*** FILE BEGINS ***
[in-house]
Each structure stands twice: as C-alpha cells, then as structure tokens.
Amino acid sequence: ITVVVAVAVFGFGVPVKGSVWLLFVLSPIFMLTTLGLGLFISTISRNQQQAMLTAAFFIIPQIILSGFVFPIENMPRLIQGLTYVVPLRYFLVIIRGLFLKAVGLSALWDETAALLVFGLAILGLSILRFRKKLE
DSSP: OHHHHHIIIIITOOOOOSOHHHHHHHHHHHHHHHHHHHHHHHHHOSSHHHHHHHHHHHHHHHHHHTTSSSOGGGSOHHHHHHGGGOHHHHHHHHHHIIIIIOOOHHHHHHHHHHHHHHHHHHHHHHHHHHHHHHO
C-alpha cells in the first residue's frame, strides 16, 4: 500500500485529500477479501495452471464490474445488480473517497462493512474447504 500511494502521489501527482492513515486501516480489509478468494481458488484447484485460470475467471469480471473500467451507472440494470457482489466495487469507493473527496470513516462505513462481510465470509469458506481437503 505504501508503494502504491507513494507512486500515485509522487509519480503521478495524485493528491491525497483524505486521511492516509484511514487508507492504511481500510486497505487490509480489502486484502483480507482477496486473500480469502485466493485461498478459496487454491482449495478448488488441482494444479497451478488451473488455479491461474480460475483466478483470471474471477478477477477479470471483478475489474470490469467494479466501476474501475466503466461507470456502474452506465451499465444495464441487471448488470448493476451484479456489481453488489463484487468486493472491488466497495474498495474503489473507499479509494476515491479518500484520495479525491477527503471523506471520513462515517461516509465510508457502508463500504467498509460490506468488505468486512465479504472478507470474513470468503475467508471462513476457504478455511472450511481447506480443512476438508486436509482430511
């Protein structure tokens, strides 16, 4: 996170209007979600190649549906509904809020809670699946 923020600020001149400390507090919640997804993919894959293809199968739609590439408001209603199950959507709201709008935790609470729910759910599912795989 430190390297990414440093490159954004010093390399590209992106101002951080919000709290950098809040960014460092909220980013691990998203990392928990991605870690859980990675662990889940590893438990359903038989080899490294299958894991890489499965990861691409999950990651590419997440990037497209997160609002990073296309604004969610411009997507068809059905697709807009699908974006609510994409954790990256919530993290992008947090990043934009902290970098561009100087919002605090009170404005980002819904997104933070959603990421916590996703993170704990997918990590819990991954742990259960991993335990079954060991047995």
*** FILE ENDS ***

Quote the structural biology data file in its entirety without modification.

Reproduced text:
[in-house]
Each structure stands twice: as C-alpha cells, then as structure tokens.
Amino acid sequence: ITVVVAVAVFGFGVPVKGSVWLLFVLSPIFMLTTLGLGLFISTISRNQQQAMLTAAFFIIPQIILSGFVFPIENMPRLIQGLTYVVPLRYFLVIIRGLFLKAVGLSALWDETAALLVFGLAILGLSILRFRKKLE
DSSP: OHHHHHIIIIITOOOOOSOHHHHHHHHHHHHHHHHHHHHHHHHHOSSHHHHHHHHHHHHHHHHHHTTSSSOGGGSOHHHHHHGGGOHHHHHHHHHHIIIIIOOOHHHHHHHHHHHHHHHHHHHHHHHHHHHHHHO
C-alpha cells in the first residue's frame, strides 16, 4: 500500500485529500477479501495452471464490474445488480473517497462493512474447504 500511494502521489501527482492513515486501516480489509478468494481458488484447484485460470475467471469480471473500467451507472440494470457482489466495487469507493473527496470513516462505513462481510465470509469458506481437503 505504501508503494502504491507513494507512486500515485509522487509519480503521478495524485493528491491525497483524505486521511492516509484511514487508507492504511481500510486497505487490509480489502486484502483480507482477496486473500480469502485466493485461498478459496487454491482449495478448488488441482494444479497451478488451473488455479491461474480460475483466478483470471474471477478477477477479470471483478475489474470490469467494479466501476474501475466503466461507470456502474452506465451499465444495464441487471448488470448493476451484479456489481453488489463484487468486493472491488466497495474498495474503489473507499479509494476515491479518500484520495479525491477527503471523506471520513462515517461516509465510508457502508463500504467498509460490506468488505468486512465479504472478507470474513470468503475467508471462513476457504478455511472450511481447506480443512476438508486436509482430511
């Protein structure tokens, strides 16, 4: 996170209007979600190649549906509904809020809670699946 923020600020001149400390507090919640997804993919894959293809199968739609590439408001209603199950959507709201709008935790609470729910759910599912795989 430190390297990414440093490159954004010093390399590209992106101002951080919000709290950098809040960014460092909220980013691990998203990392928990991605870690859980990675662990889940590893438990359903038989080899490294299958894991890489499965990861691409999950990651590419997440990037497209997160609002990073296309604004969610411009997507068809059905697709807009699908974006609510994409954790990256919530993290992008947090990043934009902290970098561009100087919002605090009170404005980002819904997104933070959603990421916590996703993170704990997918990590819990991954742990259960991993335990079954060991047995």